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Software to detect objects inside videos

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November 3, 2009

Researchers hope that their software will be able to detect certain objects or people (inc...

Researchers hope that their software will be able to detect certain objects or people (including Elvis) within videos

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Researchers at the University of Missouri (MU) are developing software that would enable computers to perform video analysis tasks, such as alerting emergency services if a video surveillance camera detects a person falling and not getting up. The software could also be used to search inside videos and look for certain objects, such as basketballs or footballs, hence reducing the time taken to locate a certain game or scene.

“The goal of our research is to improve how computers interpret the content of a video and how to identify it,” said Tony Han, electrical and computer engineering professor in MU’s College of Engineering. “There are lots of possibilities with video-based detection, and it could come at quite a low-cost compared to object and human detection using other sensors, such as thermal sensors.”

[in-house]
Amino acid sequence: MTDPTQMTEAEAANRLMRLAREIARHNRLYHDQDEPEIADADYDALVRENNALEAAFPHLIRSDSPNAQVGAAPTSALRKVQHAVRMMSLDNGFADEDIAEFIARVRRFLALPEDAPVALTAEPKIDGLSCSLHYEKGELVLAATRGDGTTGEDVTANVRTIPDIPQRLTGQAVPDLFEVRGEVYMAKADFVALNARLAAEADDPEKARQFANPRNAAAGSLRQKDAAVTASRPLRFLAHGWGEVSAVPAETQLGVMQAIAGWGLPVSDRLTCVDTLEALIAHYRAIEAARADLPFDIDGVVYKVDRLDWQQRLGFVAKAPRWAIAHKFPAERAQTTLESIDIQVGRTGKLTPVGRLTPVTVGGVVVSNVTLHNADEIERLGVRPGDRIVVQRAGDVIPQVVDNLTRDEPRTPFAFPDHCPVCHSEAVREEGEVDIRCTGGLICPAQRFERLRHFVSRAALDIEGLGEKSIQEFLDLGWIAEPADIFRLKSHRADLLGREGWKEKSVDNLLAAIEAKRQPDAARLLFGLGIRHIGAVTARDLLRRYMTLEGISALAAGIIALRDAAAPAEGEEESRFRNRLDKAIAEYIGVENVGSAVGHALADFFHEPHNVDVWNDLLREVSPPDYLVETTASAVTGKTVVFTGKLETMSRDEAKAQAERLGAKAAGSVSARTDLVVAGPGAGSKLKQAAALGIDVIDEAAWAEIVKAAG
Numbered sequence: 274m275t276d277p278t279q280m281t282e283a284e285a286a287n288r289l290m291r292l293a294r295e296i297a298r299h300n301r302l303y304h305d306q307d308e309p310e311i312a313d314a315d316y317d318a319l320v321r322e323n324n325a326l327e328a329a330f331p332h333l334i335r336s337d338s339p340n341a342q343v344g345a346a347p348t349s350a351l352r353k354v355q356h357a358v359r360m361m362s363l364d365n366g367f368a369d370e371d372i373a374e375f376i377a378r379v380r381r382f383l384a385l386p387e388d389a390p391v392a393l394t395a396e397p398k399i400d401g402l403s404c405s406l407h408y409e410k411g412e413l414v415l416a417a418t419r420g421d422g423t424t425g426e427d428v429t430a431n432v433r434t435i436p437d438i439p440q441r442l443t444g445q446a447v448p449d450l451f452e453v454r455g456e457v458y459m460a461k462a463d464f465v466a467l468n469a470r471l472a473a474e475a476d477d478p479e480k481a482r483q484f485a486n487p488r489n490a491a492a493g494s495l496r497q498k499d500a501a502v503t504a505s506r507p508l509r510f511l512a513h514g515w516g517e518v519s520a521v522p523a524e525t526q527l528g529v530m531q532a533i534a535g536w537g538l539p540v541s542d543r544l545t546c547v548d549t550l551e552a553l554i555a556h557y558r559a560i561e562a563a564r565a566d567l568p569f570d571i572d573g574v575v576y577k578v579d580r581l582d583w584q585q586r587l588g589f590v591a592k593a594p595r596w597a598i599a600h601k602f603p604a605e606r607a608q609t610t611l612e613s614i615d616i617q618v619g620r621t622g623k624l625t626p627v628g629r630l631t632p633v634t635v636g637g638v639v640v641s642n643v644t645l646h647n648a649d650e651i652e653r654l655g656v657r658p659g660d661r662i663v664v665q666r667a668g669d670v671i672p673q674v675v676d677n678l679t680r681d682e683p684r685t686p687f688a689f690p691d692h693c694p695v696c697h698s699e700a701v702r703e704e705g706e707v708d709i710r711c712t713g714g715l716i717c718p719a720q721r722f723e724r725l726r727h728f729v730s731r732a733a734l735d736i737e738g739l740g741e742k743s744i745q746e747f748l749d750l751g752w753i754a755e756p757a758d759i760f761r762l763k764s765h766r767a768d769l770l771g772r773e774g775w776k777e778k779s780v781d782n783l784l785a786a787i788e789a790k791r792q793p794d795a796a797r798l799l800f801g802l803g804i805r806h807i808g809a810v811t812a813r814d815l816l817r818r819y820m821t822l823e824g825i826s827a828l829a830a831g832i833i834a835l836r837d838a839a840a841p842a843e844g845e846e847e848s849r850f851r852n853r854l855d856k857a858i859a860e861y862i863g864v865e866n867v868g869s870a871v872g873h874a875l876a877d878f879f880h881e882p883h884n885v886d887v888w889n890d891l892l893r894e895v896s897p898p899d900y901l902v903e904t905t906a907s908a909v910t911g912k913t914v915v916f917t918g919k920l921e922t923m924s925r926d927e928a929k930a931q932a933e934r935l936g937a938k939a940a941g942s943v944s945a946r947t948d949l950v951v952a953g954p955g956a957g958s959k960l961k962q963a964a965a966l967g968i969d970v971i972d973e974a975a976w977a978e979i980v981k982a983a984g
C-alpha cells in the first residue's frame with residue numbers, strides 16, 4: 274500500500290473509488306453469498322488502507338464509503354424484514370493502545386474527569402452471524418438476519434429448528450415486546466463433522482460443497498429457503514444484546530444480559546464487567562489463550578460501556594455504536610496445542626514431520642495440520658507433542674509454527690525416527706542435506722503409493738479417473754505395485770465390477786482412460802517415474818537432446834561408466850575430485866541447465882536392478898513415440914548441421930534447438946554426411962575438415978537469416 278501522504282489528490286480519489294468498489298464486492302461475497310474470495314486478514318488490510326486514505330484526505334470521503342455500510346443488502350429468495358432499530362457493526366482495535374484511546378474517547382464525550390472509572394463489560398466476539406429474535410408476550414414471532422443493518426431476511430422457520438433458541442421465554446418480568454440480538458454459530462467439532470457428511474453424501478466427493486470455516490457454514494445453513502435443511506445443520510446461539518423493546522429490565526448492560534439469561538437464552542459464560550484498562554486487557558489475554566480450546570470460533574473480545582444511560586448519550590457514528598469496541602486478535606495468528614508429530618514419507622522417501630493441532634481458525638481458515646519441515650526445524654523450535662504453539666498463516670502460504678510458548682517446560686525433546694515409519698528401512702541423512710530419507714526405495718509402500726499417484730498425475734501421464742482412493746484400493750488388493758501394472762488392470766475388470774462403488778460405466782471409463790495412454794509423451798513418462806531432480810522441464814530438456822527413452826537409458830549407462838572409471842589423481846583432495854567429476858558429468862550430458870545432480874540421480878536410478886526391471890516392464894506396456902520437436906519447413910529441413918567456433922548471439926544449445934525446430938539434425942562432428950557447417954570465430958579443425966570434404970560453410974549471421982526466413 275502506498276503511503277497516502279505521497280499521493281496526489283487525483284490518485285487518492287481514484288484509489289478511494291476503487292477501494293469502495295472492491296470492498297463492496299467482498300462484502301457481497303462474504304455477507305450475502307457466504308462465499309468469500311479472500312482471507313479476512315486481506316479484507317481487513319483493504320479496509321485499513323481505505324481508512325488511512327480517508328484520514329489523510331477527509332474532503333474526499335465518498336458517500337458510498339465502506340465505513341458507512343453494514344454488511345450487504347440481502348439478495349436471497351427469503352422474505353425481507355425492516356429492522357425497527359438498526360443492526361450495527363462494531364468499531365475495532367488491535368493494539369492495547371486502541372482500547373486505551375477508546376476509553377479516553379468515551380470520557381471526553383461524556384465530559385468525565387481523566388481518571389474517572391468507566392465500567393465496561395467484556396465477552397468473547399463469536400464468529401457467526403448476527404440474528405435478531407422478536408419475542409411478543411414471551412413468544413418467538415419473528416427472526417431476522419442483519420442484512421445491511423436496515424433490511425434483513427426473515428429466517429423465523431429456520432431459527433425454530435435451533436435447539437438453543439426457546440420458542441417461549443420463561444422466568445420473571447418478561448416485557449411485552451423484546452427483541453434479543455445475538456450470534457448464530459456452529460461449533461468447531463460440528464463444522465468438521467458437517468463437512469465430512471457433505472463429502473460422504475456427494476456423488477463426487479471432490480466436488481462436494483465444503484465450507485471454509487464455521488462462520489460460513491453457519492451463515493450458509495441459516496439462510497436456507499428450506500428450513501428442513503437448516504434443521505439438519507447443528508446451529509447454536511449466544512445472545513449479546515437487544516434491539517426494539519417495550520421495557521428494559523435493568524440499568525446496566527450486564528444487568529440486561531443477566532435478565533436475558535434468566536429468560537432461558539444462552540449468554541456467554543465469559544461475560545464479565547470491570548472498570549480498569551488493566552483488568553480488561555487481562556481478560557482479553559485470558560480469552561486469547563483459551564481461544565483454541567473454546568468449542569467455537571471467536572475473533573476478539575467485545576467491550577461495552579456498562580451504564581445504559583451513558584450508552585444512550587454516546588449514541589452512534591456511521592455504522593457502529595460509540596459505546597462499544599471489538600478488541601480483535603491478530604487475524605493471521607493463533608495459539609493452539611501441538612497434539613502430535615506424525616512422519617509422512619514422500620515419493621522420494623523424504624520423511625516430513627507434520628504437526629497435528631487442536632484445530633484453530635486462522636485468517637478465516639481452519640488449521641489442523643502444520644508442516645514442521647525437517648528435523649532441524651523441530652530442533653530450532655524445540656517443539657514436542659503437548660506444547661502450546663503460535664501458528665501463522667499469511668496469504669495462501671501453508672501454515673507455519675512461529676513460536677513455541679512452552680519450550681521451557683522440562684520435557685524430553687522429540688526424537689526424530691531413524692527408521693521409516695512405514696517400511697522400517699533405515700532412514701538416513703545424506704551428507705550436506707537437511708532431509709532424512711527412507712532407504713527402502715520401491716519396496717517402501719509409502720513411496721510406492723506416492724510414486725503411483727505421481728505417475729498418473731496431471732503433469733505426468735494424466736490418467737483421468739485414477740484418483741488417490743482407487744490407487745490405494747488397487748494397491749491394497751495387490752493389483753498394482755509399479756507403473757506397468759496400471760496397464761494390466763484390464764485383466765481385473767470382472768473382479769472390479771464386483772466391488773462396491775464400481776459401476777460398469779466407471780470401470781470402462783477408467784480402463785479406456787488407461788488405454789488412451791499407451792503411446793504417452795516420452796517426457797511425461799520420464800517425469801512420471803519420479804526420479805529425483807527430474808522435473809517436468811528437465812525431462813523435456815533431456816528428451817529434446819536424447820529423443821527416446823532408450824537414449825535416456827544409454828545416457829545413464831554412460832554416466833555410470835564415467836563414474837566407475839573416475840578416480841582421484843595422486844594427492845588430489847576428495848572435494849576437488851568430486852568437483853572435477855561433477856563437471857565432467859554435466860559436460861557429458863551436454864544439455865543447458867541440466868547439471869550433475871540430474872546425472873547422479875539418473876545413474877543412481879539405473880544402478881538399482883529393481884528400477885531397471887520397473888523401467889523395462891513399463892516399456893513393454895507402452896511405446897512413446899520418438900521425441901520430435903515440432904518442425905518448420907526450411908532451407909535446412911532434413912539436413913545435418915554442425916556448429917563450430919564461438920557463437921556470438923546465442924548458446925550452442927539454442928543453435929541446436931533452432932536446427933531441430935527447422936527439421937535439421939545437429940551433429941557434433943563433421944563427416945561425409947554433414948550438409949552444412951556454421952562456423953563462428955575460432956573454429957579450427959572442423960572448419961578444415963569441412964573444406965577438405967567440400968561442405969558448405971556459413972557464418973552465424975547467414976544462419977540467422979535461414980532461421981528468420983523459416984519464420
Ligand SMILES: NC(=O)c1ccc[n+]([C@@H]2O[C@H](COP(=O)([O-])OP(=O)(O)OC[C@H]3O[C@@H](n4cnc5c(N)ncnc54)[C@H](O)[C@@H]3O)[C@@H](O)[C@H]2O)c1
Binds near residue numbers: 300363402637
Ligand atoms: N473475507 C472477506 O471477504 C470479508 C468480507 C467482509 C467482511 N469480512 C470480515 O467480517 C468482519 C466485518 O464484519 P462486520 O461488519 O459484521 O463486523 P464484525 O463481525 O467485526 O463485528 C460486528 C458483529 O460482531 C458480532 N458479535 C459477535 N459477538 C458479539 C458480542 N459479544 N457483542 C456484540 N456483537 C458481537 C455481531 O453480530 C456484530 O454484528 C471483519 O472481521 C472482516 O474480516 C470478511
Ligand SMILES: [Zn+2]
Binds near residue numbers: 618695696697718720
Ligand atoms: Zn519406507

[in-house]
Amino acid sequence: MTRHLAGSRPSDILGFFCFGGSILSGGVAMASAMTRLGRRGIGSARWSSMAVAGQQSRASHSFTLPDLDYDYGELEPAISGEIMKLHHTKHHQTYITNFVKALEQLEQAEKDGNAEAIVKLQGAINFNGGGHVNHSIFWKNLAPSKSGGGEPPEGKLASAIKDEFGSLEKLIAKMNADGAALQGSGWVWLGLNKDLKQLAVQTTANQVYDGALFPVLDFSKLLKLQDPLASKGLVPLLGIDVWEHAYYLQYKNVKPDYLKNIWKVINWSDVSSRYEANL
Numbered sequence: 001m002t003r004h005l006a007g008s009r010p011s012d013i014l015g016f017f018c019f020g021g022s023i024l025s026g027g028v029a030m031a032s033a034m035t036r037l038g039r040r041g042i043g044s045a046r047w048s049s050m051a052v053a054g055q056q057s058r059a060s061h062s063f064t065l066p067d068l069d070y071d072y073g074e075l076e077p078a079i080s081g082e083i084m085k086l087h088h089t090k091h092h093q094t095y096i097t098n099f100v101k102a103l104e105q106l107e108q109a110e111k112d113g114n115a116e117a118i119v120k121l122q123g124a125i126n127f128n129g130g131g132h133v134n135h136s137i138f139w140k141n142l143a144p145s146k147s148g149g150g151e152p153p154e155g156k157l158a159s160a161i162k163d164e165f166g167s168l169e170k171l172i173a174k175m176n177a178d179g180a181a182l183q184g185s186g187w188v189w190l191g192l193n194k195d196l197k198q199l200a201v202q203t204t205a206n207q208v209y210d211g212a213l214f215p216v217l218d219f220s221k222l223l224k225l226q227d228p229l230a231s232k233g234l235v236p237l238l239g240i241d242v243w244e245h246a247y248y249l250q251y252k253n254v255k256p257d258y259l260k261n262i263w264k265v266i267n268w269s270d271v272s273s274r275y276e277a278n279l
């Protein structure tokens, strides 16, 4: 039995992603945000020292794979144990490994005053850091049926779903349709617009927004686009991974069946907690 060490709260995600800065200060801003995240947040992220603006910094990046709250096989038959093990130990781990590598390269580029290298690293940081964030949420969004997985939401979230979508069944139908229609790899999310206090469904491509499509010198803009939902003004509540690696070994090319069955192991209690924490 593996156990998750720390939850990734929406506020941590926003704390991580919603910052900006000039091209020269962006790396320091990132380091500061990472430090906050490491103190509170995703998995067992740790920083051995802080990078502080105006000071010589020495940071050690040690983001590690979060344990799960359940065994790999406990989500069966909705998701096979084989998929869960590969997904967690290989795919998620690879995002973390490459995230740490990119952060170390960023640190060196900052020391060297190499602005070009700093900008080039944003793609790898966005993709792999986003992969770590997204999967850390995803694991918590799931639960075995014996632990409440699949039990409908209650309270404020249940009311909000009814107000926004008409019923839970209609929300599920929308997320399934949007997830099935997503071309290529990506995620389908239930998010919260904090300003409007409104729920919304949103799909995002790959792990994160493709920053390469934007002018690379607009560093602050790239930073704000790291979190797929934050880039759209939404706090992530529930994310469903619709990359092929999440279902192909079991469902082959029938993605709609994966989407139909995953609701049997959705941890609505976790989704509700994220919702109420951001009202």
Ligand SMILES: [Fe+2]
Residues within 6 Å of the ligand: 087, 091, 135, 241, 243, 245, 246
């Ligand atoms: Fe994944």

The researchers believe that human detection software could also be applied to assisted driving. For example, if the software detected a pedestrian in line with the moving vehicle it could make the car stop immediately to avoid an accident. Computer detection might also improve care for older adults living alone. In homes with access to video surveillance, if an older adult fell suddenly, computer detection software could detect the fall and alert medical professionals.

“My students and I are working on algorithms for automatic object detection, but these are very difficult to perfect,” Han said. “We’re trying to find a way to create reliable detection algorithms, but it takes a lot of time to test them. We have manually labeled more than 3,000 images with object locations and have used them to test our algorithms.”

Earlier this year Han and his students from MU attended the PASCAL grand challenge in object detection, where they competed in 20 detection categories against researchers from all over the world. In their first time competing, they won first place in detection for potted plants and chairs and second place in detection for humans, cars, horses and bikes.

Han’s research has been published in numerous publications, such as the IEEE Conference on Computer Vision and the Second IEEE Workshop on CVPR for Human Communicative Behavior Analysis.

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